Do’s and Don’ts for Restaurants Filing Chapter 11
3 Min Read By Emily Andrews
Restaurants fail for a variety of reasons, and it’s commonly said that most do so within the first five years. But they’re not a unique category, as a study of Bureau of Labor Statistics information showed that nearly 20 percent of service-oriented businesses close within the first year. Small restaurants with fewer than 20 employees are most likely to cease operation prematurely.
The host of the recovery show Restaurant Impossible says that inexperience, poor personnel management, and lack of understanding of restaurant accounting practices are what kills most food establishments. Experienced managers and owners say that the cost of the location (building lease) must be closely tied to the average diner’s check amount, so a burger joint, no matter how trendy, simply cannot survive in an expensive, high-end rent district without bleeding money.
The good news is that if you’re a restaurant owner in financial straits you have plenty of company – and that Chapter 11 bankruptcy gives many business owners an opportunity to start again. The not-so-good news is that companies most likely to survive bankruptcy and emerge stronger are the big ones, such as General Motors and Delta. But Chapter 7 bankruptcy requires a liquidation timeline that does not accommodate plans for restructuring. Before emerging with companies who are bankrupt it is required to look at their business history as records of bankruptcies are public records. Bankruptcy records can be asked from the court where the bankruptcy was filed.
Understand that it’s a fickle business. Even if you’re a food entrepreneur with a unique concept and fabulous reviews on Yelp, a series of small missteps and unforeseen circumstances can kill a restaurant. In astudy of restaurantsthat filed for bankruptcy, even long-established, large chains such as Roadhouse, Cosi, and Buffets that had over 30,000 combined employees and 450 combined locations called it quits recently citing increasing labor costs and competition among their category of casual family establishments. Even the 60-unit, 4,200-employee chain Bertucci’s filed for bankruptcy recently, citing oversaturation of the market and declining revenues.
Avoid costly pitfalls. Compromise and conciliation are keywords in bankruptcy. Be as transparent as possible with your creditors. A company with an ironclad bankruptcy plan can still fail if creditors drag things out long enough, accruing tens of thousands of dollars in legal fees. That’s what happened to Circuit City, the country’s second-largest electronics store worth $12 billion that filed in 2009; despite having a likely buyer and clear view of what went wrong, it folded.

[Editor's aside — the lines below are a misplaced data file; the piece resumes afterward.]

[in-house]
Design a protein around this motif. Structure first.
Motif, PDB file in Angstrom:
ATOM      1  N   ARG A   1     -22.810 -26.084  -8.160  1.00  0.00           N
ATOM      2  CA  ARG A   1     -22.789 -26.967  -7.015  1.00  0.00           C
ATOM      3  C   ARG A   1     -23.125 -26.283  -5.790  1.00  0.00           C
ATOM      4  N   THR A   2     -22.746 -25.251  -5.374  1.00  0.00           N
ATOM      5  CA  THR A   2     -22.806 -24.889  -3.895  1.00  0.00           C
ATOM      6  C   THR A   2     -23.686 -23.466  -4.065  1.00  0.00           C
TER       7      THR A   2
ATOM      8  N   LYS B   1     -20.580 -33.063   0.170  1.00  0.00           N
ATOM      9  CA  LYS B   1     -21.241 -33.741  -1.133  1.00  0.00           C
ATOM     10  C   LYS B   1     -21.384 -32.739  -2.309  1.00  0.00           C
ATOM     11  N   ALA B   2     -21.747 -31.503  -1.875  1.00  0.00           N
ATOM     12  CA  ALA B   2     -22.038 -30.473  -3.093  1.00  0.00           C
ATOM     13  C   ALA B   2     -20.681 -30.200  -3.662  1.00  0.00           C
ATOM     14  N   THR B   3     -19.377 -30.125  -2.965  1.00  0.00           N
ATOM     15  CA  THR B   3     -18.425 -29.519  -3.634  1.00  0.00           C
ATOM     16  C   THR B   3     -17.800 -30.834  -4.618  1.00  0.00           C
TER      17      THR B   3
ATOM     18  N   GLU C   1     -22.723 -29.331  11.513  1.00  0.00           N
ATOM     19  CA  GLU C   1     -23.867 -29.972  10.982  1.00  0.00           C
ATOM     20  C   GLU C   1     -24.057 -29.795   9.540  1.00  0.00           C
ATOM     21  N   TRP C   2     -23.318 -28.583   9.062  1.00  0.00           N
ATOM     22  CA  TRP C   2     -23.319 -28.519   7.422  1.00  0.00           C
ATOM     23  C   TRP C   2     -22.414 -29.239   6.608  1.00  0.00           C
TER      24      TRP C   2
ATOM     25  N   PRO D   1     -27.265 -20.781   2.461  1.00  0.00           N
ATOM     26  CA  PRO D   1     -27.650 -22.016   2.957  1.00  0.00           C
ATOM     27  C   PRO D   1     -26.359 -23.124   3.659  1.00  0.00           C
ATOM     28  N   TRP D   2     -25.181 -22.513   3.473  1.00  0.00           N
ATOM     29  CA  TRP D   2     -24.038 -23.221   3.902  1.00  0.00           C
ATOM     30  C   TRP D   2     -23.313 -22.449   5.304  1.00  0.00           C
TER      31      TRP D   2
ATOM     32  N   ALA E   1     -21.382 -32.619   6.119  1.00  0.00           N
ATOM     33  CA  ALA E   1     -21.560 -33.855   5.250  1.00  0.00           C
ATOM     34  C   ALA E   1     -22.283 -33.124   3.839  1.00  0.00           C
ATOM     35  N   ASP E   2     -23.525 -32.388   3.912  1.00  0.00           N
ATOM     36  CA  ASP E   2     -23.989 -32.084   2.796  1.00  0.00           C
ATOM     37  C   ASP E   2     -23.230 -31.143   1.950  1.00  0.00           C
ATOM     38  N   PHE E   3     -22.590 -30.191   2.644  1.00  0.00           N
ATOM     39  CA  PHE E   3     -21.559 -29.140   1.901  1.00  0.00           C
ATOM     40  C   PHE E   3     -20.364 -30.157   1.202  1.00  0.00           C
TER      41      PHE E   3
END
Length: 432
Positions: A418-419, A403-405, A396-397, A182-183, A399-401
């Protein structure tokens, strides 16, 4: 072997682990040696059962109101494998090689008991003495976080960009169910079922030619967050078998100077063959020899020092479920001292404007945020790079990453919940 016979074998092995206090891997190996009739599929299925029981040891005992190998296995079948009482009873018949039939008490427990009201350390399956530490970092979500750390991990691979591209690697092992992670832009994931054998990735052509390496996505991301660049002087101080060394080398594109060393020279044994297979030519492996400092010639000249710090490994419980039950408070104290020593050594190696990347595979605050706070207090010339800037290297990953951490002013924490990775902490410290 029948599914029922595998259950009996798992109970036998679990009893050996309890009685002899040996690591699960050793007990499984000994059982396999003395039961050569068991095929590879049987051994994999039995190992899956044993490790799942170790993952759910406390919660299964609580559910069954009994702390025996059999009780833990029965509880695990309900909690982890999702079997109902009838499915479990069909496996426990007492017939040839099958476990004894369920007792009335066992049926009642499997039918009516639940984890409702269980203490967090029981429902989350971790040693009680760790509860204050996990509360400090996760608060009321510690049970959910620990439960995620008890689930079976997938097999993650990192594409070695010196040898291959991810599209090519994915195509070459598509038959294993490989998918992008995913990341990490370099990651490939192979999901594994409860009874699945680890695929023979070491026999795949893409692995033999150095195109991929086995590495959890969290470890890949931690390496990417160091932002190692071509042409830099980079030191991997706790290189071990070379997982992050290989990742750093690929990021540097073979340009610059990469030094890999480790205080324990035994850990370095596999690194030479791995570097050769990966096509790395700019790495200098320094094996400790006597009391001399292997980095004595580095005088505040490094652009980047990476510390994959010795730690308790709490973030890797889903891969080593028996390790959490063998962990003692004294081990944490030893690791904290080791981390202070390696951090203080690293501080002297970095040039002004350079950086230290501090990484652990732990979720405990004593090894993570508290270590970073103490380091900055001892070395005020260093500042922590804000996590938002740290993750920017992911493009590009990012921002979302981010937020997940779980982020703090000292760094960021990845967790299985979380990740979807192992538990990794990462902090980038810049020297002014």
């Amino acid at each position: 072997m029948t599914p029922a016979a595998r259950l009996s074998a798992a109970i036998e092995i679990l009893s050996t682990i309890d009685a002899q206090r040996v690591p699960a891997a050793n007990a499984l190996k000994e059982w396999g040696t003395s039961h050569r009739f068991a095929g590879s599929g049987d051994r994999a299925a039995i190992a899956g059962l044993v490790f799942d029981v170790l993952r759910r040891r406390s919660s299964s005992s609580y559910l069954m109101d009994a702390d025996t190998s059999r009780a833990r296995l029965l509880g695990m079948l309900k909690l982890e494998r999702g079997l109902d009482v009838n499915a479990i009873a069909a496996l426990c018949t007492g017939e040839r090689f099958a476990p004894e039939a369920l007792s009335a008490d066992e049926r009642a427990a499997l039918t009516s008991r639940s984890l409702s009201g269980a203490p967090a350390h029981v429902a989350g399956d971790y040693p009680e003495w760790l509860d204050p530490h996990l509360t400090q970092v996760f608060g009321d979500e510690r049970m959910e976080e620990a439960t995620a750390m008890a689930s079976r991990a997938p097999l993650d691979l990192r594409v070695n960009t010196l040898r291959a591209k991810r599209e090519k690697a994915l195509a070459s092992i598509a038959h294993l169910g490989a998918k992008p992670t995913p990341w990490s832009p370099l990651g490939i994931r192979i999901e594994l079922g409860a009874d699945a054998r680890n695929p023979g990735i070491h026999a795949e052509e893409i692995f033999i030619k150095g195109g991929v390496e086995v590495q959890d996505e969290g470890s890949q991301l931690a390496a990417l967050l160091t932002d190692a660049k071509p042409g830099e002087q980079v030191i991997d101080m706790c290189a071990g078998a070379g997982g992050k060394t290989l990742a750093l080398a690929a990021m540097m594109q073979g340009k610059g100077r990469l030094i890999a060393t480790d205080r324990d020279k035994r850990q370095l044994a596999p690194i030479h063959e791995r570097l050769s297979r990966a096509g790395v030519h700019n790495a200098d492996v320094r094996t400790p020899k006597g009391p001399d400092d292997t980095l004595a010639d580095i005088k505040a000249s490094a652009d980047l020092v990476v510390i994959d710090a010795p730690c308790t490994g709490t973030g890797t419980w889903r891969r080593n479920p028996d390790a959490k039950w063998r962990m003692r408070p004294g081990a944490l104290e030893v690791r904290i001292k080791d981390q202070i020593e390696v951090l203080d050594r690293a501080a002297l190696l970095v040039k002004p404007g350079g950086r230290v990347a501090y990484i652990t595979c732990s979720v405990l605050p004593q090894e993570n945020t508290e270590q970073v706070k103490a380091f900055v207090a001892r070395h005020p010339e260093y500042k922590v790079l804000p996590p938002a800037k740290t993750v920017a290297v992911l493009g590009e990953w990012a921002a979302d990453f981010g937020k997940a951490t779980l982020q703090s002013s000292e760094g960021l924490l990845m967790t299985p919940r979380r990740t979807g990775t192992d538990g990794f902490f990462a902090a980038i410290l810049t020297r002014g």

Don’t wait too long. Watch for benchmarks in income vs. expenditures and discuss reorganization with principals or a trusted bankruptcy specialist to determine if Chapter 11 is the best route to take. Then plan the timing of your filing according to things like seasonal fluctuations, anticipated increases in labor or property costs, and insurance premiums. Before filing for bankruptcy, you have to think about hiring an attorney or not. Many people go alone in this process to try to avoid paying an attorney. They don’t know that hiring a lawyer to do the paperwork may help your case to not be thrown out.
Don’t assume that bankruptcy is the only option. Depending on variables like the size and structure of your business, relationships with suppliers, and depth of debt, a good crisis manager or experienced bankruptcy attorney may be able to negotiate restructuring through a series of “workout” deals. They may be able to arrange things like conversions of debt to equity that will provide cash flow to pull the business through as well as the intricacies of franchise licenses if that applies. At the same time, practice “caveat emptor” principles when interviewing those who offer to help restructure. And be aware that attempting to restructure through Chapter 11 will reveal significant information about management through mandatory disclosures, which could result in creditors suing to have management replaced by a trustee. This situation could potentially snowball into a Circuit City-esque scenario where creditors lose faith in the process and tie things up in court, forcing the company to abandon restructuring in favor of liquidation when legal bills become insurmountable.
Be aware of special case requirements like the Packers and Stockyards Act of 1921 that requires payment of certain suppliers of perishables ahead of others. This may be an exception to the “automatic stay” aspect of Chapter 11 that provides a business owner time to evaluate the circumstances and create a plan.